Trump's Bid to Sell U.S. Reserve Oil Could Temper OPEC Cuts
(Bloomberg) -- President Donald Trump has proposed selling off more than half of the U.S. emergency oil stockpile, potentially putting more crude on the global market, even as OPEC works to prop up prices.
A budget proposal released Tuesday includes a plan to sell 270 million barrels of oil from the Strategic Petroleum Reserve over the next decade, a move the White House says will trim the national debt by $16.6 billion. That’s on top of a nearly 190 million-barrel drawdown planned from 2018 through 2025.
At the same time, ministers from the Organization of Petroleum Exporting Countries and its allies are gathering in Vienna to decide whether to extend oil-production cuts to reduce a worldwide fuel glut.
White House Budget Director Mick Mulvaney told reporters Tuesday that drawing down the reserve wouldn’t harm domestic oil prices as long as “you do it slowly over time.” But analysts counter that releasing millions of barrels of oil into an already oversupplied market could depress prices and hurt future production.
“Every sale has an impact,” said Kevin Book, managing director of ClearView Energy Partners in Washington. “In the short term, it’s significant, and in the long term, it’s indifferent.”
OPEC and 11 non-member producers are weighing whether to extend output cuts for nine months after agreeing last year to reduce production by as much as 1.8 million barrels a day from January through June. The move has been undercut by rising U.S. output, which has slowed the expected elimination of a global fuel glut.
Congress has already ordered the U.S. Energy Department to sell 25 million barrels of reserve oil in fiscal 2018 to fund government programs. The Trump proposal would draw down the reserve even more. Sales could start as soon as this October, boosting year-end inventories.
“From a producer standpoint, that’s not such a great thing,” said Phil Flynn, senior market analyst at Price Futures Group in Chicago. “For OPEC, it could be a problem because they’re doing everything they can to drain inventories.”
The proposed drawdown would have a bigger impact on the U.S. Gulf Coast, where the reserves are located and where the crude would likely be processed, than on the global market, according to Goldman Sachs Group, Inc.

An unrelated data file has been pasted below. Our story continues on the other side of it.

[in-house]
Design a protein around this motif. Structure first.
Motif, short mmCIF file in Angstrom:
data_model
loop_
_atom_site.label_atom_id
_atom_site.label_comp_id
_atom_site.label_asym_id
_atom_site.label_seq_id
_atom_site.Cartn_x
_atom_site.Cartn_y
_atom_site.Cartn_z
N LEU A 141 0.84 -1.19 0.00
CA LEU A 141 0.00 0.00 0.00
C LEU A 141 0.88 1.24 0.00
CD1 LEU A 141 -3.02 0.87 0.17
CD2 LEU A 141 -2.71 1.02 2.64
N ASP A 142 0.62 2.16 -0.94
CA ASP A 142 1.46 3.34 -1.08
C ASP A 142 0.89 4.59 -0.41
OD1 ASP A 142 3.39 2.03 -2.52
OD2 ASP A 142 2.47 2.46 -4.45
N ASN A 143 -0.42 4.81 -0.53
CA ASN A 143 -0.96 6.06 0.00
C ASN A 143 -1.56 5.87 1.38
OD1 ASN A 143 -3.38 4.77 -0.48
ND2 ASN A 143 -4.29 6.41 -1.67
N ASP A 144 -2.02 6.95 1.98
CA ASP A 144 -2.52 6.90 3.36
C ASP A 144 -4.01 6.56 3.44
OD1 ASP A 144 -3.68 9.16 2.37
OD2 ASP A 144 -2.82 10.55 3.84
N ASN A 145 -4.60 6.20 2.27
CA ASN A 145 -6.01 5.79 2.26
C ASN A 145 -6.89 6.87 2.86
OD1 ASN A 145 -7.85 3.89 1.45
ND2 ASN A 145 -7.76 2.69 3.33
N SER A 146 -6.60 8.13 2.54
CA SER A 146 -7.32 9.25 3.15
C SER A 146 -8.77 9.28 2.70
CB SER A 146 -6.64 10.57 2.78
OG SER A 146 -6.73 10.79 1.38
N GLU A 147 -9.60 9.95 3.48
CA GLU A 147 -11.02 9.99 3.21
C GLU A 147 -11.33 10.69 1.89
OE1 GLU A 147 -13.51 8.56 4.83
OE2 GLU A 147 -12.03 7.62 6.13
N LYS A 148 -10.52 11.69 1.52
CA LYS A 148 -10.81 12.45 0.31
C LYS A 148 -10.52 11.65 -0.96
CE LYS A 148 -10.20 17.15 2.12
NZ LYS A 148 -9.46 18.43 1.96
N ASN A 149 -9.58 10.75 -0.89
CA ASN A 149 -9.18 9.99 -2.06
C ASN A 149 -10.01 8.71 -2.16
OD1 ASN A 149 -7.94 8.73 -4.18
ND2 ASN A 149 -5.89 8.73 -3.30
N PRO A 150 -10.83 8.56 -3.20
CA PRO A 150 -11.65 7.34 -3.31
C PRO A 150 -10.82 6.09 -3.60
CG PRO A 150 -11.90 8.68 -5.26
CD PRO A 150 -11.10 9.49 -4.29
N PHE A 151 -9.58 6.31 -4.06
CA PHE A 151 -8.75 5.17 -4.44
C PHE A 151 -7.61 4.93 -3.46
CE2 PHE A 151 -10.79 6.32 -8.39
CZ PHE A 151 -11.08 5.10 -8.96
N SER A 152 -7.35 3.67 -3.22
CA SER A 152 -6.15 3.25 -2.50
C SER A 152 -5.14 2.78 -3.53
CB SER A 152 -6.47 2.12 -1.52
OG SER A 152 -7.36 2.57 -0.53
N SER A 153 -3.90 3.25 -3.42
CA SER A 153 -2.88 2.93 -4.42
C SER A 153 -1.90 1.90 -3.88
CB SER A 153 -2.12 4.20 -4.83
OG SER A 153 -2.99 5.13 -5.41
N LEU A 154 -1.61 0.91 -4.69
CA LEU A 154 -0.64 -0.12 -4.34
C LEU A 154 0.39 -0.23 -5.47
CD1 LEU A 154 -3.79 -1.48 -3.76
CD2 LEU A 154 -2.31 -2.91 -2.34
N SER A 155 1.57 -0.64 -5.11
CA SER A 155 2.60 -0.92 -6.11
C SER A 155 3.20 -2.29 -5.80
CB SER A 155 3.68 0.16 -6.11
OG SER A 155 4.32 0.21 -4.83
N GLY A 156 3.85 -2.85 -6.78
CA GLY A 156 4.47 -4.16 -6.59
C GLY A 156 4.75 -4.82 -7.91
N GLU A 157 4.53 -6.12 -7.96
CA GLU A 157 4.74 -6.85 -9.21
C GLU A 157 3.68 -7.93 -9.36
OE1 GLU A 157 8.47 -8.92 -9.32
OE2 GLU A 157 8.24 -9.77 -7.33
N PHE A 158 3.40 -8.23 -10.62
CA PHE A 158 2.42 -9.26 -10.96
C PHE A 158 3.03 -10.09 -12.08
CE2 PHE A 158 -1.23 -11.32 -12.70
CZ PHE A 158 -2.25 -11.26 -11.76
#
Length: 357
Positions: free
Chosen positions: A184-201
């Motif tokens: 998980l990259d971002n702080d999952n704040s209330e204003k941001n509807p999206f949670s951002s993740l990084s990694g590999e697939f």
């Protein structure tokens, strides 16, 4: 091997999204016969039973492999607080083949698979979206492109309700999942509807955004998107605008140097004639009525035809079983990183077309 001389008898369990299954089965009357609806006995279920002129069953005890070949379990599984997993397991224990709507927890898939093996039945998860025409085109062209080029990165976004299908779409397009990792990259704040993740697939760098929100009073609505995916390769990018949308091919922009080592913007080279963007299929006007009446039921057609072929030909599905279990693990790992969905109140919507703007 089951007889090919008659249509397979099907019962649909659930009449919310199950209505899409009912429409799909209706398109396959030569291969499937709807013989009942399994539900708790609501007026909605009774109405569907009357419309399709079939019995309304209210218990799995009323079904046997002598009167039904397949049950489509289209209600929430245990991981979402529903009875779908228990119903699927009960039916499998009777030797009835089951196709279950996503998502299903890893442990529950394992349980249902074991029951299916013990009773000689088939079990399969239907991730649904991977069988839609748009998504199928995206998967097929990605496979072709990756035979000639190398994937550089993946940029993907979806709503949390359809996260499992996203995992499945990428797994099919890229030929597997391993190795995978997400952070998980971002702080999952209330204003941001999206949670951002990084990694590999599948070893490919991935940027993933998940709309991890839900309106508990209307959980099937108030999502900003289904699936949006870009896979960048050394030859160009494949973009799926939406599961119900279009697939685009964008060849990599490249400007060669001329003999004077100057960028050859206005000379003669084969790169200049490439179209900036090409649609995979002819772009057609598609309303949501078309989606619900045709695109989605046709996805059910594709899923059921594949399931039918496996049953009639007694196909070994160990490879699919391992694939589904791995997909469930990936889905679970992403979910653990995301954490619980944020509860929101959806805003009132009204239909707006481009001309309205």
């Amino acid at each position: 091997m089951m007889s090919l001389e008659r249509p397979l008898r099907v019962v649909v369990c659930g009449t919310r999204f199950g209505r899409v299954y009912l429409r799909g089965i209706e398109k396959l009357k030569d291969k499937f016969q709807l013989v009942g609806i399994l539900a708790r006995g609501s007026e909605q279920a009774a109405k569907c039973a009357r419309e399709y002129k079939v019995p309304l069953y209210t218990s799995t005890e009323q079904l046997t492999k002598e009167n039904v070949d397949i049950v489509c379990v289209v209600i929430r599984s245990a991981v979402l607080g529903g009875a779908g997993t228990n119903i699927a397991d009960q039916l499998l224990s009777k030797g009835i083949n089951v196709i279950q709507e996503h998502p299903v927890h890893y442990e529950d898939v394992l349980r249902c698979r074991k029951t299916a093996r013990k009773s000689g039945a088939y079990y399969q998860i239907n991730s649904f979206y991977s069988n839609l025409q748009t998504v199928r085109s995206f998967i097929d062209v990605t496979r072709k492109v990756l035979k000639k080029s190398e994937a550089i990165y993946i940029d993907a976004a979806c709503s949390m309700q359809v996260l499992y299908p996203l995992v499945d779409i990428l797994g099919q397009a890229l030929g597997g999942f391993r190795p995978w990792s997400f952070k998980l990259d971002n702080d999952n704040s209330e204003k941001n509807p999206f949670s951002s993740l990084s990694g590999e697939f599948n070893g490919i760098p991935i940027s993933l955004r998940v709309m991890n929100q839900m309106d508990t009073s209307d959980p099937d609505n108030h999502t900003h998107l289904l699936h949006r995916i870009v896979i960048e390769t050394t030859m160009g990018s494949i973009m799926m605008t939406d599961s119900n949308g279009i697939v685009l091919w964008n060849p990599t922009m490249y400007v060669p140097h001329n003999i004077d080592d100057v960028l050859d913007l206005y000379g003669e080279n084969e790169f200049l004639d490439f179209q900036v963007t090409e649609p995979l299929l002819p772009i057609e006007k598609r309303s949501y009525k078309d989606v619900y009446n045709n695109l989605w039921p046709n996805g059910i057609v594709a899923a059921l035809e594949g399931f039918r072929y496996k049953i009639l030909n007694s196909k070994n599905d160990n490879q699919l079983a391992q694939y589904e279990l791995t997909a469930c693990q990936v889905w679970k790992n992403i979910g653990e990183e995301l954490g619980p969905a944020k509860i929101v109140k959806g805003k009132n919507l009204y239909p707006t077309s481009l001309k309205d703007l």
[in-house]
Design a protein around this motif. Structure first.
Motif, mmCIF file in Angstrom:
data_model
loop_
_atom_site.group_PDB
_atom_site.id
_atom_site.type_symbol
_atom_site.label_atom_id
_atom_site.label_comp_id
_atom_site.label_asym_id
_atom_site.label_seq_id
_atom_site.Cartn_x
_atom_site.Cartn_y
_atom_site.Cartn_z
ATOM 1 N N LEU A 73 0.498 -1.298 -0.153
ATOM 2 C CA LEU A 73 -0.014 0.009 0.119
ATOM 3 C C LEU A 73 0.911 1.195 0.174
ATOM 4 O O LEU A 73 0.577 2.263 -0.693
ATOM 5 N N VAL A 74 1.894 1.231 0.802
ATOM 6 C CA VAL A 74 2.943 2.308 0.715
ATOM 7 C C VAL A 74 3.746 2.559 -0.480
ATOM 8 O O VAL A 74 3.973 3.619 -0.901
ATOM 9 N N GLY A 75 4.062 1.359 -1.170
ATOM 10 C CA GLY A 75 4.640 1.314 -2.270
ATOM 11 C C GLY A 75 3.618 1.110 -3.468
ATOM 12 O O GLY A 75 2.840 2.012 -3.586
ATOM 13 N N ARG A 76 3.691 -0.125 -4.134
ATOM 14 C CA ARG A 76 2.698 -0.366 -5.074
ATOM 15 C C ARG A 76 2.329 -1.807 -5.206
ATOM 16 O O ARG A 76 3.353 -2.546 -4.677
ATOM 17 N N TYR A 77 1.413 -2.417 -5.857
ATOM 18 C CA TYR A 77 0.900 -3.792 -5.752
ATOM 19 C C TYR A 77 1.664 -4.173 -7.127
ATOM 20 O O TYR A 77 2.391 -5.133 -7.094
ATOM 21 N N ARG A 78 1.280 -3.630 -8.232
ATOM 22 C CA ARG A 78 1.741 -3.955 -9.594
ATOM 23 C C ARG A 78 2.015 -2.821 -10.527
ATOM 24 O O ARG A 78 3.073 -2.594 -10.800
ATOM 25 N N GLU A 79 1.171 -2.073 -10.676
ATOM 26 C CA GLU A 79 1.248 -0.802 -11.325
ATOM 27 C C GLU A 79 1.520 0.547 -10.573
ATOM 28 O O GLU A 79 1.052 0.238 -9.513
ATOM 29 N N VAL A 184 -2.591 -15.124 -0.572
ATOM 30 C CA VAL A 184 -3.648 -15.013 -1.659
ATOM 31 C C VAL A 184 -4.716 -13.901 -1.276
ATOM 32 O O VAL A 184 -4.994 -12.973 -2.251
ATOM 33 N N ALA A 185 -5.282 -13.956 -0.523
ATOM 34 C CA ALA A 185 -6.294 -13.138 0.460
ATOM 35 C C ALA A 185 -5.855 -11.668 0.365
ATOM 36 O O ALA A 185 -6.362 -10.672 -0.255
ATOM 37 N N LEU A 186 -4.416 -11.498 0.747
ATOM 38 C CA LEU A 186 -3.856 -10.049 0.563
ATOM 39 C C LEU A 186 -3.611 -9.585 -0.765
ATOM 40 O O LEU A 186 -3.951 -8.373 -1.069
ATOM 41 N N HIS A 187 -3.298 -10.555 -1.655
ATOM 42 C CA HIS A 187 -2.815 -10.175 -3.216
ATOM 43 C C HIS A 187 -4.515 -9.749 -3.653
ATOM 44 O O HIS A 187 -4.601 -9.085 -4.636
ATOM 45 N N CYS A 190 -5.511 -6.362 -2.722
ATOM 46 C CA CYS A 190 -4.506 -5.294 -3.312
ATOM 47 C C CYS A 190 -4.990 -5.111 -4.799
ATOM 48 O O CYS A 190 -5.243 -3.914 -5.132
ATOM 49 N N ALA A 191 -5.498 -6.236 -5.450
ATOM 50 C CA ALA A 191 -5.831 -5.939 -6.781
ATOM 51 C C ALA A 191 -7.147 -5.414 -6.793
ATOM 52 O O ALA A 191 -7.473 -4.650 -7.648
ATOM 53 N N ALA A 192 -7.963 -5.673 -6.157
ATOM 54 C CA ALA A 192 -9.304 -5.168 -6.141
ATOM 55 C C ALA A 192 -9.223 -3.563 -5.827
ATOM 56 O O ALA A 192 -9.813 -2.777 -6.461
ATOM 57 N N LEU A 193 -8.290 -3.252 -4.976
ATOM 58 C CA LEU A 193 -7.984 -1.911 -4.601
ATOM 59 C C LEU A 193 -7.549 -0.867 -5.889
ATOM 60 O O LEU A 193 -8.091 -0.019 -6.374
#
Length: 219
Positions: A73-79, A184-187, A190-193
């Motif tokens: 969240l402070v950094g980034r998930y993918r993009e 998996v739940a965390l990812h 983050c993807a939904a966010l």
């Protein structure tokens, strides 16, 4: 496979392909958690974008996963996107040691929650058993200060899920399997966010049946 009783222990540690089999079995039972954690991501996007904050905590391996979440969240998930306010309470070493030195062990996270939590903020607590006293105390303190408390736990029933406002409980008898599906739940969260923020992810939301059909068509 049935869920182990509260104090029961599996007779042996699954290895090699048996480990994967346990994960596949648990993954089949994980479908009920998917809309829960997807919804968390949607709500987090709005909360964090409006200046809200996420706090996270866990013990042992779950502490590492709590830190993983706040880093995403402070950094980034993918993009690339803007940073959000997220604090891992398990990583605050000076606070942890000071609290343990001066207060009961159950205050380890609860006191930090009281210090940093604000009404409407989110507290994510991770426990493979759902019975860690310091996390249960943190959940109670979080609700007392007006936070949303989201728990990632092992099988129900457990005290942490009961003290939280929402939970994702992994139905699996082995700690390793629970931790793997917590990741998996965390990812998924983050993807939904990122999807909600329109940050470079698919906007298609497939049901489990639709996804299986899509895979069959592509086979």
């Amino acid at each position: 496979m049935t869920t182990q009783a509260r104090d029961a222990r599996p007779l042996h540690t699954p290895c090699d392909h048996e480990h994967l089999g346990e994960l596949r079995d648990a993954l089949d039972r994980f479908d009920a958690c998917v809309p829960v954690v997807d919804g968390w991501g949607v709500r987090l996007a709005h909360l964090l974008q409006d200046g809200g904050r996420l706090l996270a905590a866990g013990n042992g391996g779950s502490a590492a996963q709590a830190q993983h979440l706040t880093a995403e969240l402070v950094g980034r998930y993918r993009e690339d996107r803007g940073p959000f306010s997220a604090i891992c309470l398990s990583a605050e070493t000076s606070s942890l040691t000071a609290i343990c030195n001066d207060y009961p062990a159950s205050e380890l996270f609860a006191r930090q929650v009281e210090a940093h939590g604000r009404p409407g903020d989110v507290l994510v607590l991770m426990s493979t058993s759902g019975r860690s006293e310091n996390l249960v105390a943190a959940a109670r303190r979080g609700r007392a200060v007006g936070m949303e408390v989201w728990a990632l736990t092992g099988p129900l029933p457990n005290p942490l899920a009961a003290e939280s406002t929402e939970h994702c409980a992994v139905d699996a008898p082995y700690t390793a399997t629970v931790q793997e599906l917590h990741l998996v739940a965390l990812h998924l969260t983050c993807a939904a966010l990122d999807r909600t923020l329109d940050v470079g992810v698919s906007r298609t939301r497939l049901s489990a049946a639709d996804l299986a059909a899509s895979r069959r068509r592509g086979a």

The volume of the sales is "negligible" compared with the size of the global market and OPEC cuts, Goldman Sachs analyst Damien Courvalin wrote in a note. But the sales would keep U.S. crude inventories from normalizing, leaving "more oil in the U.S. than the 5-year average level would imply," he said.
In the long-term, the effect on the global market would be "negligible" relative to the size of OPEC’s output curbs.
“Impact locally would likely prove more important than on the global market, given the sharp ramp up in U.S. drilling and the steady production growth we expect will require new infrastructure capacity, from moving oil to the coasts to increasing exports,” Courvalin wrote in the note.
Recent sales have reduced the SPR by 7 million barrels so far this year, based on weekly Energy Department figures. The administration is targeting 16 million barrels in deliveries in the first half of the year.
The reserve, established in the wake of the Arab oil embargo of the 1970s, is the world’s largest supply of emergency oil. It contains 687.7 million barrels in salt caverns and tanks in Texas and Louisiana, which allow for quick distribution when natural disasters or unplanned incidents occur. The budget proposal would shrink the stockpile to less than 260 million barrels.
Unlike other aspects of the president’s budget, Trump’s plan to tap the reserve may have support in Congress, which has voted three times in the past two years to sell crude from the stockpile. It has earmarked 190 million barrels -- about 27 percent of the reserve at the time -- to raise money for unrelated government programs.
“Congress has already decided to reallocate the U.S. oil portfolio to other things and we don’t expect that to change,” Book said.
Cutting the reserve to the degree proposed by Trump would require statutory changes, which would take time, and congressional approval. But he can unilaterally eliminate the Northeast Gasoline Supply Reserve, an emergency stockpile created in 2012 after Hurricane Sandy left some New York-area stations without fuel. The White House would dispense with the gasoline stash in 2018, and sell its entire 1 million-barrel inventory.
Long term, reducing the oil reserve might be a good thing for the market, said Carl Larry, principal at Oil Outlooks and Opinions LLC, in Houston.
“The longer-term effect is going to be very supportive of the market,” he said. “If you take away the backup supply, you prop up the price of oil.”